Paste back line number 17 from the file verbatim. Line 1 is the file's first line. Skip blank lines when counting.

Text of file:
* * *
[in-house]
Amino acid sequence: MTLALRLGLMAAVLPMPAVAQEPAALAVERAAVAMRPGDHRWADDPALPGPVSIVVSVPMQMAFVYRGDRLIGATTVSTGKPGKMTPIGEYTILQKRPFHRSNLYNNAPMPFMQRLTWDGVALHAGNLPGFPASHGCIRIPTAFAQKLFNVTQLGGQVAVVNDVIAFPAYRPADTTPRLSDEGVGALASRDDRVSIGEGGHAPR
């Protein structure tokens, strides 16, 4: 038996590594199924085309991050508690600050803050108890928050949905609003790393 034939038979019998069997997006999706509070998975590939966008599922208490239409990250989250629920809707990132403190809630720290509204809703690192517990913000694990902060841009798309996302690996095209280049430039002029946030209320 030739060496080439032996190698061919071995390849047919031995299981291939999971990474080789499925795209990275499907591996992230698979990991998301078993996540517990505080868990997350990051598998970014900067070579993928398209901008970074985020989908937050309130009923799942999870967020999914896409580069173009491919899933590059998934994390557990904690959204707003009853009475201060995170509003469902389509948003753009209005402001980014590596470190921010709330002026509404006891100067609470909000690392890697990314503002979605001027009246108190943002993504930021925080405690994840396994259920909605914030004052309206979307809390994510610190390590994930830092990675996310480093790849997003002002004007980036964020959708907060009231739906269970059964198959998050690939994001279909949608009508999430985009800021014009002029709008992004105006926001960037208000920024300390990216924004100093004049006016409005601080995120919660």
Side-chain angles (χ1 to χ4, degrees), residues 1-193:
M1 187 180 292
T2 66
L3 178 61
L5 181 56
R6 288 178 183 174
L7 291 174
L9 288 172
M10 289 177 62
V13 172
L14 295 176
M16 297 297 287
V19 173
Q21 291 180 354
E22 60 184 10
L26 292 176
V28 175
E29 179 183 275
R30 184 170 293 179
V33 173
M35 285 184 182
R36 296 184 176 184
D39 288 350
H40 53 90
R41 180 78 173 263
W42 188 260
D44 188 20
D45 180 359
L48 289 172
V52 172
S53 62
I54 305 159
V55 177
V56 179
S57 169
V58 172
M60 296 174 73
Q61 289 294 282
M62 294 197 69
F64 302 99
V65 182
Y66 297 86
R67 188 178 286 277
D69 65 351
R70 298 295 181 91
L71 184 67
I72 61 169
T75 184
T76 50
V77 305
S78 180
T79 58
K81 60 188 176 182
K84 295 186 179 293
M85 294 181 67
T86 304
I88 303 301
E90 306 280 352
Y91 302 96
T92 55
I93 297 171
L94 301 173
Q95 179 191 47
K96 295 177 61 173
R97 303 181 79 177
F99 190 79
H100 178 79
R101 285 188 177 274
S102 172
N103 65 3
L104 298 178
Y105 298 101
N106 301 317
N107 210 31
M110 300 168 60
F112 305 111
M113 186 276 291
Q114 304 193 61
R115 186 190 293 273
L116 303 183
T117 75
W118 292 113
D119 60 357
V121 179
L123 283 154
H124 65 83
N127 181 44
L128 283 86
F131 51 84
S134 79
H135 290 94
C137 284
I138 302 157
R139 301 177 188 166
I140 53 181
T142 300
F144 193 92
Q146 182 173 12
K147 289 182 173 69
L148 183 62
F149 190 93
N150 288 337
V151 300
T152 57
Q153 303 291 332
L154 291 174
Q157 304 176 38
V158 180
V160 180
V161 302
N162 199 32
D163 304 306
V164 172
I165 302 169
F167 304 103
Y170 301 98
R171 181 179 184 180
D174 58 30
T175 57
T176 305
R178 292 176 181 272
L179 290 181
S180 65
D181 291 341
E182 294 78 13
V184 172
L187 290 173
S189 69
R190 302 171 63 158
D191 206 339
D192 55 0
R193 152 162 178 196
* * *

Q21 291 180 354